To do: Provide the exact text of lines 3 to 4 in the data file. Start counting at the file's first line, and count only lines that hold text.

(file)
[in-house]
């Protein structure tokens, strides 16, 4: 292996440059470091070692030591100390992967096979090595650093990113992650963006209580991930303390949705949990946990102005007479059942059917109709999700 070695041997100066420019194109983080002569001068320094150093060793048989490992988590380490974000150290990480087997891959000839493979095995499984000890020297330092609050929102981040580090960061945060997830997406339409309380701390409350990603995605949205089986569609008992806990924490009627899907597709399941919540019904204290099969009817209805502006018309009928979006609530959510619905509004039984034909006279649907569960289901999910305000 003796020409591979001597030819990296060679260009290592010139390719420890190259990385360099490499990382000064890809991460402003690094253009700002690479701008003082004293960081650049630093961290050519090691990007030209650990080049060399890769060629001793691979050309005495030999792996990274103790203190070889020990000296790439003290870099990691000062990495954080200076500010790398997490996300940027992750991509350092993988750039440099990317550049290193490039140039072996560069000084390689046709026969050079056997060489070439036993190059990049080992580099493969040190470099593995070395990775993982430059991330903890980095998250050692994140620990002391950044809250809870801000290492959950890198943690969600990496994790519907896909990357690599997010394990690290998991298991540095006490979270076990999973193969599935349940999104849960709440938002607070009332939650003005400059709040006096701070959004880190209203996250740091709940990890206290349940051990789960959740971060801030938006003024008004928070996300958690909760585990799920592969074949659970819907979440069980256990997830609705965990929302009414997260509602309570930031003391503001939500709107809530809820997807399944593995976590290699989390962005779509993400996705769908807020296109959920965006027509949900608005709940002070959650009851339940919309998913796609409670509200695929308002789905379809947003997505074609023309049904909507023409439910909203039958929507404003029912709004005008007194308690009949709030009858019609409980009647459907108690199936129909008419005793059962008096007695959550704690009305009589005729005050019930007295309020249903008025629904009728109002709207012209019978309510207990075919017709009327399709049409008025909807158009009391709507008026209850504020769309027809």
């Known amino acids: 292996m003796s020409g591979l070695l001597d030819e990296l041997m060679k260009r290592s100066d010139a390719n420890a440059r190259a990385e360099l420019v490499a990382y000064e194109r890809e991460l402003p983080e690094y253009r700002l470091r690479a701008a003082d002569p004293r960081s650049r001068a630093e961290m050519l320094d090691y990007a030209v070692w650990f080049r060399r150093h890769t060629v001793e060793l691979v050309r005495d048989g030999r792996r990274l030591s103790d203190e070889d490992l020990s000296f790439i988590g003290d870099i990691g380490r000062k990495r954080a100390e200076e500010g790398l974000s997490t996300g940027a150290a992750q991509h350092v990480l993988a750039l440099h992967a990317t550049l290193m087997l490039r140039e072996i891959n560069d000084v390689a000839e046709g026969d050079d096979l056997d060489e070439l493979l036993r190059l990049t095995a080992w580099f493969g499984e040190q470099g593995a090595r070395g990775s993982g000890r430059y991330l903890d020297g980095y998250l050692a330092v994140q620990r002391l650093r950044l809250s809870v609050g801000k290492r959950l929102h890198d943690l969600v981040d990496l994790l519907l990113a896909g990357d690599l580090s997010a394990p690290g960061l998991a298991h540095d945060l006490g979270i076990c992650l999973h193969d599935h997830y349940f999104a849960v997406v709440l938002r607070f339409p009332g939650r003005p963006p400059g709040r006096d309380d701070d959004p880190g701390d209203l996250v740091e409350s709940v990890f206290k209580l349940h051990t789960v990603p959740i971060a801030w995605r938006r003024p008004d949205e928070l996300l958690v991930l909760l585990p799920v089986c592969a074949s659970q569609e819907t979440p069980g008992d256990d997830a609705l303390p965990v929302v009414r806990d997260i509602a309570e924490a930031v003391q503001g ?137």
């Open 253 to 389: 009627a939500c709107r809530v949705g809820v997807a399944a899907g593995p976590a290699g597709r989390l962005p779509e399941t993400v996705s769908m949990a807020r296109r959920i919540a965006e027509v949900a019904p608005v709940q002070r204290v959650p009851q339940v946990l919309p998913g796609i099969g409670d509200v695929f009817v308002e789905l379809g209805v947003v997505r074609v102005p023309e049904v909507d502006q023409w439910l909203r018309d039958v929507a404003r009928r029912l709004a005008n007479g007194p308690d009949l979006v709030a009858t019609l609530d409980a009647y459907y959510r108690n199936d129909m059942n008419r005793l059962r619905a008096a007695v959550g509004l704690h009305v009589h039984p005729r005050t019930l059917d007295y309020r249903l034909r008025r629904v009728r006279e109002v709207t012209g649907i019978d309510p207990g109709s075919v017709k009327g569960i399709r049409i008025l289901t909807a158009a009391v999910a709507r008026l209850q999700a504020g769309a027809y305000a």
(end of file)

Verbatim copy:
């Known amino acids: 292996m003796s020409g591979l070695l001597d030819e990296l041997m060679k260009r290592s100066d010139a390719n420890a440059r190259a990385e360099l420019v490499a990382y000064e194109r890809e991460l402003p983080e690094y253009r700002l470091r690479a701008a003082d002569p004293r960081s650049r001068a630093e961290m050519l320094d090691y990007a030209v070692w650990f080049r060399r150093h890769t060629v001793e060793l691979v050309r005495d048989g030999r792996r990274l030591s103790d203190e070889d490992l020990s000296f790439i988590g003290d870099i990691g380490r000062k990495r954080a100390e200076e500010g790398l974000s997490t996300g940027a150290a992750q991509h350092v990480l993988a750039l440099h992967a990317t550049l290193m087997l490039r140039e072996i891959n560069d000084v390689a000839e046709g026969d050079d096979l056997d060489e070439l493979l036993r190059l990049t095995a080992w580099f493969g499984e040190q470099g593995a090595r070395g990775s993982g000890r430059y991330l903890d020297g980095y998250l050692a330092v994140q620990r002391l650093r950044l809250s809870v609050g801000k290492r959950l929102h890198d943690l969600v981040d990496l994790l519907l990113a896909g990357d690599l580090s997010a394990p690290g960061l998991a298991h540095d945060l006490g979270i076990c992650l999973h193969d599935h997830y349940f999104a849960v997406v709440l938002r607070f339409p009332g939650r003005p963006p400059g709040r006096d309380d701070d959004p880190g701390d209203l996250v740091e409350s709940v990890f206290k209580l349940h051990t789960v990603p959740i971060a801030w995605r938006r003024p008004d949205e928070l996300l958690v991930l909760l585990p799920v089986c592969a074949s659970q569609e819907t979440p069980g008992d256990d997830a609705l303390p965990v929302v009414r806990d997260i509602a309570e924490a930031v003391q503001g ?137």
């Open 253 to 389: 009627a939500c709107r809530v949705g809820v997807a399944a899907g593995p976590a290699g597709r989390l962005p779509e399941t993400v996705s769908m949990a807020r296109r959920i919540a965006e027509v949900a019904p608005v709940q002070r204290v959650p009851q339940v946990l919309p998913g796609i099969g409670d509200v695929f009817v308002e789905l379809g209805v947003v997505r074609v102005p023309e049904v909507d502006q023409w439910l909203r018309d039958v929507a404003r009928r029912l709004a005008n007479g007194p308690d009949l979006v709030a009858t019609l609530d409980a009647y459907y959510r108690n199936d129909m059942n008419r005793l059962r619905a008096a007695v959550g509004l704690h009305v009589h039984p005729r005050t019930l059917d007295y309020r249903l034909r008025r629904v009728r006279e109002v709207t012209g649907i019978d309510p207990g109709s075919v017709k009327g569960i399709r049409i008025l289901t909807a158009a009391v999910a709507r008026l209850q999700a504020g769309a027809y305000a």